Lovers of neutral design schemes, look away now: highly saturated color is back in a big way. We're seeing more and more designers using vibrant, intense hues in their work, celebrating everything from primary palettes through to neon – and we have to say, it's a joyful approach to design that we kind of love.
Of course, it's understandable that decorating with color – especially highly saturated color – can make some a little nervous. But once you get started, you'll find that injecting these little pockets of vibrancy into your home can brighten your mood and even energise you.
Not sure how to get started? We've rounded up six ideas for decorating with the most intense and vibrant colorful hues – we bet you'll find something compelling in all of them.
1. Opt for ombre
Situated on the Venice Beach Canals, this home is as colorful as its surroundings. Of all the different shapes and sizes of bright tones featured in the space, the ombre walls of the kitchen stand out as a playful idea for anyone looking to experiment with new ways of introducing color.
‘The house was a blank canvas, so we had fun with colors, shapes, and textiles to make it exciting and personal to the clients,’ explains Jessica Ayromloo, principal of Los Angeles' Ayromloo Design. ‘My advice for decorating with color is to create a few variations of the palette or color combinations you are gravitating towards and see which ones complement the lighting and overall mood of the room.’
2. Follow the thread
In a more neutral color scheme, a single bright thread woven through the home is an effective way to introduce a bolder, highly-saturated hue to a scheme without the whole thing feeling jarring. Even better, choose that bright hue based on the tones in the rest of your scheme. Here, a living room by Sydney studio Atelier Alwill features a bold blue artwork by Stephen Ormandy that picks out the blue undertones of the sofa and the rug; a sculpture in the adjoining room by the same artist carries the vibrant hue through for a cohesive look.
3. Match bold with bold
As counterintuitive as it seems, the safest way to approach bold color if you’re less than confident in decorating with it is to pair it with other bold colors. ‘If you're introducing bright, highly-saturated colors into the space they need to be balanced,’ says Leah Ring, founder of Los Angeles interior design firm Another Human. ‘Rather than a "pop of color" I generally aim to drench spaces in various colors of similar brightness and saturation, which leads to a space feeling balanced, rather than overwhelming or distracting.’
For this blue living room, she began by designing the custom three-toned denim sofa, then punched up the color with the lighting and artwork. ‘I love the combination of orange and blue together, so I sourced the vintage butterfly sconces online and then had a studio visit with artist Sarah Ippolito and loved how vibrant this artwork is – it felt like it was meant for this space.’
4. Deviate from paint
A painted wall isn’t the only way to bring in bright color. We’ve seen colorful decorative veneers being used across furniture and interior design more and more – they’re popular amongst designers for the way they help bring out the natural pattern and texture of wood. Alternatively, opt for bright lacquered furniture as an easy, less permanent way to add a pop of color to a scheme. This bedroom design is part of The House by M.A.H, interior stylist Laura Fulmine’s new concept store: the glossy texture of the red bed frame, paired with Tubes Radiatori's Bench radiator also in red, enhances the brightness of the pieces.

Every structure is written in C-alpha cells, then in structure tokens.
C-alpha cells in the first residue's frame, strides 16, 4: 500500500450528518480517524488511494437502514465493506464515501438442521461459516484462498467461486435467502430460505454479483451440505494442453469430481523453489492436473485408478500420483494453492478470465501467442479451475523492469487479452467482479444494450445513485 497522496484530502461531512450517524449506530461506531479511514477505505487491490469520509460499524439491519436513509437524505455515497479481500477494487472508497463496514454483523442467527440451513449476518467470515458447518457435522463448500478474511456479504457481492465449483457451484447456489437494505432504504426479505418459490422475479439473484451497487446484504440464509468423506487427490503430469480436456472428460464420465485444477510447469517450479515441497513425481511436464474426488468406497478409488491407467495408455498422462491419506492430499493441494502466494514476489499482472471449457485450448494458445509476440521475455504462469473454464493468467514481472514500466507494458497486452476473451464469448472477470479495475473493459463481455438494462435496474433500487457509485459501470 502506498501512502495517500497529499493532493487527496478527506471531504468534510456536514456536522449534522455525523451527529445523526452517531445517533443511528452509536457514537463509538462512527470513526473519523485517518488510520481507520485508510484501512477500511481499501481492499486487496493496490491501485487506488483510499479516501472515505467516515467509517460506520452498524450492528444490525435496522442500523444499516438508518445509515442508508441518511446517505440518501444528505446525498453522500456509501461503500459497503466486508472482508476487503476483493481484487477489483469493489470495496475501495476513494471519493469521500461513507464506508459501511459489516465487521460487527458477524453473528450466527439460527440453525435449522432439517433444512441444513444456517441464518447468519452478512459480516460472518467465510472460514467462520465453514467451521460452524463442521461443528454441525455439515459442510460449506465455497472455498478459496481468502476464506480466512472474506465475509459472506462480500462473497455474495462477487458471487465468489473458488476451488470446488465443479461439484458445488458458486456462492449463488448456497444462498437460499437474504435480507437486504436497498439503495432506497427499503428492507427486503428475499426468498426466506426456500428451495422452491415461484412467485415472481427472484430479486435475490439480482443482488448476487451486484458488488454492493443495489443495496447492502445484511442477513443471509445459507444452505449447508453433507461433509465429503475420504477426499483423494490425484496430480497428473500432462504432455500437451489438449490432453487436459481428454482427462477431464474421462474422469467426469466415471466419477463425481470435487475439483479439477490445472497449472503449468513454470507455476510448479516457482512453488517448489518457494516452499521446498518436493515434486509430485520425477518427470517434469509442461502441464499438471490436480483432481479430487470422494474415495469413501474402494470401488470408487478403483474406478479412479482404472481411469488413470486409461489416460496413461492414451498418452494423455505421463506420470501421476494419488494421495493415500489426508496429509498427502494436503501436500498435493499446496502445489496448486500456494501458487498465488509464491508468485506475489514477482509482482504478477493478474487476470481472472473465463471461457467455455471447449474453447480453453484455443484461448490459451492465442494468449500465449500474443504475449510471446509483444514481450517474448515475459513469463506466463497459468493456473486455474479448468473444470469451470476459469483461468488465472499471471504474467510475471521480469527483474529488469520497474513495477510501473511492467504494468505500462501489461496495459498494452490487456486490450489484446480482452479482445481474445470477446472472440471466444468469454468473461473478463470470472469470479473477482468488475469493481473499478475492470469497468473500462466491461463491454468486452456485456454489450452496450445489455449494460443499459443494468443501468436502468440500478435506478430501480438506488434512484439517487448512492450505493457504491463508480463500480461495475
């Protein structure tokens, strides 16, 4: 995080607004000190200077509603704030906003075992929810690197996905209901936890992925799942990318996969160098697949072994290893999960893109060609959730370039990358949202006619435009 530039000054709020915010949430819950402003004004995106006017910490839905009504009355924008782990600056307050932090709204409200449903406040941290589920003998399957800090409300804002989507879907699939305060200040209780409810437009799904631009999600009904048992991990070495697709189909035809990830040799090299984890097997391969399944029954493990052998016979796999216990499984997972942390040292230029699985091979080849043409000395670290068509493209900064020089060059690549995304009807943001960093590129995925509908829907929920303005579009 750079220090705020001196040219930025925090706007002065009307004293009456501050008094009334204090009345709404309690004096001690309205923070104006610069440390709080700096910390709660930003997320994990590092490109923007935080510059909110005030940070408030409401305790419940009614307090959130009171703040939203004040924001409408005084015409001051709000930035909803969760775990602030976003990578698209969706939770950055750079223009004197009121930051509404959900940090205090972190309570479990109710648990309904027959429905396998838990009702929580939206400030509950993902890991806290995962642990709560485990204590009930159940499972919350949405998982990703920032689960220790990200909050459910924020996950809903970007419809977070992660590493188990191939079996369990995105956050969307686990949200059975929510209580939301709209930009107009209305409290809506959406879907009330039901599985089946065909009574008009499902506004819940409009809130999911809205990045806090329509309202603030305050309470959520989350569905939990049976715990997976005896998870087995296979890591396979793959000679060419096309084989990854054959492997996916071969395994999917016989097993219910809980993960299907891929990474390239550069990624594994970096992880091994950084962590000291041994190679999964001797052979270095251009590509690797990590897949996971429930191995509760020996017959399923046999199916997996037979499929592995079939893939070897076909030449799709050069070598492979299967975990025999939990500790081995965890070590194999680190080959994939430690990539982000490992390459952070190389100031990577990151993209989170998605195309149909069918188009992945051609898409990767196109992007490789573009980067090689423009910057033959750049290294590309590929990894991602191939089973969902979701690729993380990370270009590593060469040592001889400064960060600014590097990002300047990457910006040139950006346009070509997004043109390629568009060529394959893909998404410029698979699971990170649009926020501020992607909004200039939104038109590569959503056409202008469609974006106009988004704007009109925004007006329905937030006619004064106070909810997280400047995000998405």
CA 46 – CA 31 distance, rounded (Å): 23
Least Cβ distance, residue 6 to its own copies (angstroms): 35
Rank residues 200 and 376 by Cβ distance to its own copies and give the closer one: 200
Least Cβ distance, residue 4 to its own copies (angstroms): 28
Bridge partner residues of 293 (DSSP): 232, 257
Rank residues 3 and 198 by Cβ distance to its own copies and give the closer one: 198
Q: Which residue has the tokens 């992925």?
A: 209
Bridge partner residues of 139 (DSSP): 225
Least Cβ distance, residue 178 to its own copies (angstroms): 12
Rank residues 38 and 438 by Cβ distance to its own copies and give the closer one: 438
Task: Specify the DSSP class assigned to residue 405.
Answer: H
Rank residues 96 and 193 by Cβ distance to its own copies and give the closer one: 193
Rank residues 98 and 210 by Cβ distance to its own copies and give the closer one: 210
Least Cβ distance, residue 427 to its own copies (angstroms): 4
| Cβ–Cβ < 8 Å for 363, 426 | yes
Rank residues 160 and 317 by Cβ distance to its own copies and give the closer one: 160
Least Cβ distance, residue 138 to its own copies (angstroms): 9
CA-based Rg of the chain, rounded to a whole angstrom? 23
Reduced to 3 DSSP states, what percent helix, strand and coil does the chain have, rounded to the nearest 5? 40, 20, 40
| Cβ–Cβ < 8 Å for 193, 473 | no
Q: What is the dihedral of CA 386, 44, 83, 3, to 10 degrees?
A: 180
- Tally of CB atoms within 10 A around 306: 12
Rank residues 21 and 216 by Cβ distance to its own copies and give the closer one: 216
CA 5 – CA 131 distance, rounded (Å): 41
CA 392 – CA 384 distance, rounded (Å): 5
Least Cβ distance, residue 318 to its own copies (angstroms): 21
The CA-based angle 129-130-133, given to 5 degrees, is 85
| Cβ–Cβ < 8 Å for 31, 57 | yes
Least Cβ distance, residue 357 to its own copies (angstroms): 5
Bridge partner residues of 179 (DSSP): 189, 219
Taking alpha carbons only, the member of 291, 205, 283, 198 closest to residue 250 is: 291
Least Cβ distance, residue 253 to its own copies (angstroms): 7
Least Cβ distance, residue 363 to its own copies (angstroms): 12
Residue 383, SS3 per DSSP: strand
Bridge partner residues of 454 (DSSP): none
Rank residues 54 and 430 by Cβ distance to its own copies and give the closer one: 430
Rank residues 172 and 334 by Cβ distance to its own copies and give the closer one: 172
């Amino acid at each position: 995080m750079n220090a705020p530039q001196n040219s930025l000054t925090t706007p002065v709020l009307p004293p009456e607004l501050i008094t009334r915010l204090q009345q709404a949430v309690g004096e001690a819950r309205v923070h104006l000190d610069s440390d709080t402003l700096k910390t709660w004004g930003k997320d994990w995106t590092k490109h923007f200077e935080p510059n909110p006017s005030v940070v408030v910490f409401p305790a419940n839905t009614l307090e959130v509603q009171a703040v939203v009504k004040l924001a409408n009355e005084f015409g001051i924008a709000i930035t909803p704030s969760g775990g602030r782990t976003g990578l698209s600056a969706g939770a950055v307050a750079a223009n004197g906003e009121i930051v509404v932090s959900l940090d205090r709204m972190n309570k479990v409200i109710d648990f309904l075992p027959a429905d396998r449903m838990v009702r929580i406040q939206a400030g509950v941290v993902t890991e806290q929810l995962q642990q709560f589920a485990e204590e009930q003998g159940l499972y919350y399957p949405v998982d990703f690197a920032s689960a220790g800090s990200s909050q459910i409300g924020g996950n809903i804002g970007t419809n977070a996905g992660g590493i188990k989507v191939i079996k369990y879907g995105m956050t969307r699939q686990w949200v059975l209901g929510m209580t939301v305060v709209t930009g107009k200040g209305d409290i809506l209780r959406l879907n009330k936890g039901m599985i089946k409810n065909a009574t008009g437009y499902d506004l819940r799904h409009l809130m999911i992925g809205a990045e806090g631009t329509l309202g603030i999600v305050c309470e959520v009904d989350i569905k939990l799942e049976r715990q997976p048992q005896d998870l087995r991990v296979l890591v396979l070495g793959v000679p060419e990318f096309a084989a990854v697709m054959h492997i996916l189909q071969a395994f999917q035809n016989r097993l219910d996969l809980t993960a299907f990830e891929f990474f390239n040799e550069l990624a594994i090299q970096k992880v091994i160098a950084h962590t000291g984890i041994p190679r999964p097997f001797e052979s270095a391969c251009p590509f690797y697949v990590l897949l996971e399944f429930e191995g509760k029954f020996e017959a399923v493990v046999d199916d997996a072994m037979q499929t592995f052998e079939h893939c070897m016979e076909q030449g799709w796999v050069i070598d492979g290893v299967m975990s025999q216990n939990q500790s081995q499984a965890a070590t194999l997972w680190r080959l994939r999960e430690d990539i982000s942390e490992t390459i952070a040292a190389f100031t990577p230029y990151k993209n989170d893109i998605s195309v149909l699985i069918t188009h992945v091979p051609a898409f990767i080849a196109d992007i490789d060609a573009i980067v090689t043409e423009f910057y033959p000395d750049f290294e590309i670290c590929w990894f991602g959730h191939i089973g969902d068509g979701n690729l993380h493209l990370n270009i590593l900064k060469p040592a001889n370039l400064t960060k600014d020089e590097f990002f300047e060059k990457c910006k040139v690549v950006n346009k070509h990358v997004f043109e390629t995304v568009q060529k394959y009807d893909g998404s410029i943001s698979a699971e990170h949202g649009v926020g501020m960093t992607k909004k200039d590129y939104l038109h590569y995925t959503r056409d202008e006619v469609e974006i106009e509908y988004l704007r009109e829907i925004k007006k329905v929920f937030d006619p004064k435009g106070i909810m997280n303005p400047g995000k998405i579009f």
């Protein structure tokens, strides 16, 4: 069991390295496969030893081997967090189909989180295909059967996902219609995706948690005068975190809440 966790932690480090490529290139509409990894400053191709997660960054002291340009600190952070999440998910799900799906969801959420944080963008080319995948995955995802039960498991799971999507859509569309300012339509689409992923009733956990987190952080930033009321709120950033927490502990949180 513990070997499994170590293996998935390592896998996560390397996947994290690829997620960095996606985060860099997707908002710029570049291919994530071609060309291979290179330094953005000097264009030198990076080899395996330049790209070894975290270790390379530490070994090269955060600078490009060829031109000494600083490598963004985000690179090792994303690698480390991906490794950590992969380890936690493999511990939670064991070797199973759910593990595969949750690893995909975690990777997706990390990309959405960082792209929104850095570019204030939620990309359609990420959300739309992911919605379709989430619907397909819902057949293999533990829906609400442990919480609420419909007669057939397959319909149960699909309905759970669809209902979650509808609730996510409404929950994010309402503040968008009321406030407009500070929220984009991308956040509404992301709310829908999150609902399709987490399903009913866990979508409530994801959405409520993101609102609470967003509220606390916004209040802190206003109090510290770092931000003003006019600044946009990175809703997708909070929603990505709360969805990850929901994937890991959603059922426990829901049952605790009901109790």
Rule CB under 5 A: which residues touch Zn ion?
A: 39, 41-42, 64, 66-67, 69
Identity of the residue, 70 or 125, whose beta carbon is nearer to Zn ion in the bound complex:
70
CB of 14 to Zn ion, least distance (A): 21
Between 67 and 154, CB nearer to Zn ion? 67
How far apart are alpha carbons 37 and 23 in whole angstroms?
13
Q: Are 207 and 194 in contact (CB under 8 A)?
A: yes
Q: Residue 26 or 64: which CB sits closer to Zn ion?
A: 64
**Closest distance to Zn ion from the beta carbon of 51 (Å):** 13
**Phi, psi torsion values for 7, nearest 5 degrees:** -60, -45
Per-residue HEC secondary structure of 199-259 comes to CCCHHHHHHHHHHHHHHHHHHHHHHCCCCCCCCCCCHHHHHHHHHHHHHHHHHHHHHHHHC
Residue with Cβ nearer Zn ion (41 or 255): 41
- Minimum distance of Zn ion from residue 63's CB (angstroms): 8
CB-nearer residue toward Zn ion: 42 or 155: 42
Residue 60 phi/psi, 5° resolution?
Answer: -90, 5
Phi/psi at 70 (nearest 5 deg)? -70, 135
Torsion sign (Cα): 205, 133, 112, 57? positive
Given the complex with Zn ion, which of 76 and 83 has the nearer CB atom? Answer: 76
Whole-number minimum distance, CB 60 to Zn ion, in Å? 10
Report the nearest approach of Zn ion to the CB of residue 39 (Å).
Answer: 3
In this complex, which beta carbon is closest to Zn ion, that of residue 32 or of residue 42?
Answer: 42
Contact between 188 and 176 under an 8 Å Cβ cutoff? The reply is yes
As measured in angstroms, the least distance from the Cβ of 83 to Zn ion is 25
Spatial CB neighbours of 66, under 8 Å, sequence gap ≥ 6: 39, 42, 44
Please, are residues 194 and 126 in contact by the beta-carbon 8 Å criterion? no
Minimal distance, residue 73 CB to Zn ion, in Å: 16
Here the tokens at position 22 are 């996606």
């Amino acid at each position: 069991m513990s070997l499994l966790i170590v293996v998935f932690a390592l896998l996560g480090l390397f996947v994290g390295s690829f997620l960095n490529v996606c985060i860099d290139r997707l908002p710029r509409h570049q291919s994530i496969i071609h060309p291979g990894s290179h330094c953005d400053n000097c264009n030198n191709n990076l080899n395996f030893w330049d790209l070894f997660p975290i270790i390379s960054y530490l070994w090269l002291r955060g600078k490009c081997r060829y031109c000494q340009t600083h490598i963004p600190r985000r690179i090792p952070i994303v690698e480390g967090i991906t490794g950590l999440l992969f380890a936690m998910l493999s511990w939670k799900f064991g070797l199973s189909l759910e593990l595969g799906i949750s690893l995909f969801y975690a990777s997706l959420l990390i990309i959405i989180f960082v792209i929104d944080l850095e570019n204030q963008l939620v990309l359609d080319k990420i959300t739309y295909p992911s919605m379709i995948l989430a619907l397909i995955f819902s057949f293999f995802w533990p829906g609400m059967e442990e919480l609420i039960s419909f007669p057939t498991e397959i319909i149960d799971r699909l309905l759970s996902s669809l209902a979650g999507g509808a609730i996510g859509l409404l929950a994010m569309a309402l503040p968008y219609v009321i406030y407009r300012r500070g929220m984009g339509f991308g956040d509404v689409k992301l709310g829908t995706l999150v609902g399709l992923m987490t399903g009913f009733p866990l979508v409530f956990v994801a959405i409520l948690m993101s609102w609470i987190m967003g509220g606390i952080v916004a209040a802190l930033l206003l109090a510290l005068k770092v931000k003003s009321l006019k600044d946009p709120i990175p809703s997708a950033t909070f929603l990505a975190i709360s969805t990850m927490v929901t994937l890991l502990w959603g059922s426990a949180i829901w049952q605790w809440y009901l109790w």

5. Focus the vibrancy on a single standout piece
The blink-and-you’ll-miss-it flash of bright color in this scheme is delivered via an eye-catching Tobia floor lamp by Foscarini. It’s almost neon in its intensity, but the accent is supported by the blue Camaleonda sofa by B&B Italia – and these pieces are softened by the room’s dominant tone. ‘The elegant blue of the panelings wraps around the whole parlor level, holding together the colorful accents and toning down the light to guarantee a feeling of calmness,’ says Giorgia Cedro, founder of New York architectural practice Olbos Studio.
6. Make vibrant hues pop with a dark backdrop
A blank canvas in a dramatically dark hue can help make colorful artwork or furniture pop even more than usual. Part of American fashion designer Christopher John Rogers' Carte Blanche collection for Farrow & Ball, this scheme features rainbow-colored paintings, an intense green velvet sofa and a sky-blue cabinet all against the backdrop of a rich, inky blue wall.
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Ellen is deputy editor of Livingetc magazine. She cut her teeth working for sister publication Real Homes, starting as features editor before becoming deputy editor. There, she enjoyed taking a peek inside beautiful homes and discovered a love for design and architecture that eventually led her here. She has also written for other titles including Homes & Gardens and Gardeningetc. While she gets ready to buy a house of her own, she takes inspiration from the works of some of her favourite architects and tastemakers. She has a particular passion for green design and enjoys shopping small, local and second-hand where she can.
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